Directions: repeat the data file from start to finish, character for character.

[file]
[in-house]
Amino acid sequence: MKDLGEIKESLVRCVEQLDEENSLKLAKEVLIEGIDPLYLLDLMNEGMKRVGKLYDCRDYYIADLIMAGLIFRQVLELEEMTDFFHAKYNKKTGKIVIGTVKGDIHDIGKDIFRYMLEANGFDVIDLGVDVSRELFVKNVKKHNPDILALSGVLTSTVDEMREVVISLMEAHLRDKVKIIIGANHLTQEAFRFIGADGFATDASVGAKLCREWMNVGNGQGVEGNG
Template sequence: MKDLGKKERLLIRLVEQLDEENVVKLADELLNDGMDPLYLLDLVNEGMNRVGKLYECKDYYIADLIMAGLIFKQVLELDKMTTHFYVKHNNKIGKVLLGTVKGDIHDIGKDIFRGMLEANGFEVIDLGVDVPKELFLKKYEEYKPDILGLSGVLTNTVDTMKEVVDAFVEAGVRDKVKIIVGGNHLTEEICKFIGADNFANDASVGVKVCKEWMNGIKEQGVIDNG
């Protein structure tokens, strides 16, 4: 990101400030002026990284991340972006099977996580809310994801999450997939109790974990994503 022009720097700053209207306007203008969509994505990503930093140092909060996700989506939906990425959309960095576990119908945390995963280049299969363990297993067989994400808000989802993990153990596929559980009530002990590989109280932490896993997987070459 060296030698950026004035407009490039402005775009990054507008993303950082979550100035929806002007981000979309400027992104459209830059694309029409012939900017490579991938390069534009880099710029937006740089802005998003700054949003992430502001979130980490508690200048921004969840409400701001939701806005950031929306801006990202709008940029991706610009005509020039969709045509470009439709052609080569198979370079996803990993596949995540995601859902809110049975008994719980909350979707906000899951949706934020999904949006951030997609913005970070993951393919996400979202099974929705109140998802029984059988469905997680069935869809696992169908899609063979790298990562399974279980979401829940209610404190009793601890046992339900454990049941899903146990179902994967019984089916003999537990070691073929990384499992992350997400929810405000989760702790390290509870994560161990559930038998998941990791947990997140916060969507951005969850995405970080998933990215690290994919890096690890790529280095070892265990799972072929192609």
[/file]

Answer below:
[in-house]
Amino acid sequence: MKDLGEIKESLVRCVEQLDEENSLKLAKEVLIEGIDPLYLLDLMNEGMKRVGKLYDCRDYYIADLIMAGLIFRQVLELEEMTDFFHAKYNKKTGKIVIGTVKGDIHDIGKDIFRYMLEANGFDVIDLGVDVSRELFVKNVKKHNPDILALSGVLTSTVDEMREVVISLMEAHLRDKVKIIIGANHLTQEAFRFIGADGFATDASVGAKLCREWMNVGNGQGVEGNG
Template sequence: MKDLGKKERLLIRLVEQLDEENVVKLADELLNDGMDPLYLLDLVNEGMNRVGKLYECKDYYIADLIMAGLIFKQVLELDKMTTHFYVKHNNKIGKVLLGTVKGDIHDIGKDIFRGMLEANGFEVIDLGVDVPKELFLKKYEEYKPDILGLSGVLTNTVDTMKEVVDAFVEAGVRDKVKIIVGGNHLTEEICKFIGADNFANDASVGVKVCKEWMNGIKEQGVIDNG
């Protein structure tokens, strides 16, 4: 990101400030002026990284991340972006099977996580809310994801999450997939109790974990994503 022009720097700053209207306007203008969509994505990503930093140092909060996700989506939906990425959309960095576990119908945390995963280049299969363990297993067989994400808000989802993990153990596929559980009530002990590989109280932490896993997987070459 060296030698950026004035407009490039402005775009990054507008993303950082979550100035929806002007981000979309400027992104459209830059694309029409012939900017490579991938390069534009880099710029937006740089802005998003700054949003992430502001979130980490508690200048921004969840409400701001939701806005950031929306801006990202709008940029991706610009005509020039969709045509470009439709052609080569198979370079996803990993596949995540995601859902809110049975008994719980909350979707906000899951949706934020999904949006951030997609913005970070993951393919996400979202099974929705109140998802029984059988469905997680069935869809696992169908899609063979790298990562399974279980979401829940209610404190009793601890046992339900454990049941899903146990179902994967019984089916003999537990070691073929990384499992992350997400929810405000989760702790390290509870994560161990559930038998998941990791947990997140916060969507951005969850995405970080998933990215690290994919890096690890790529280095070892265990799972072929192609």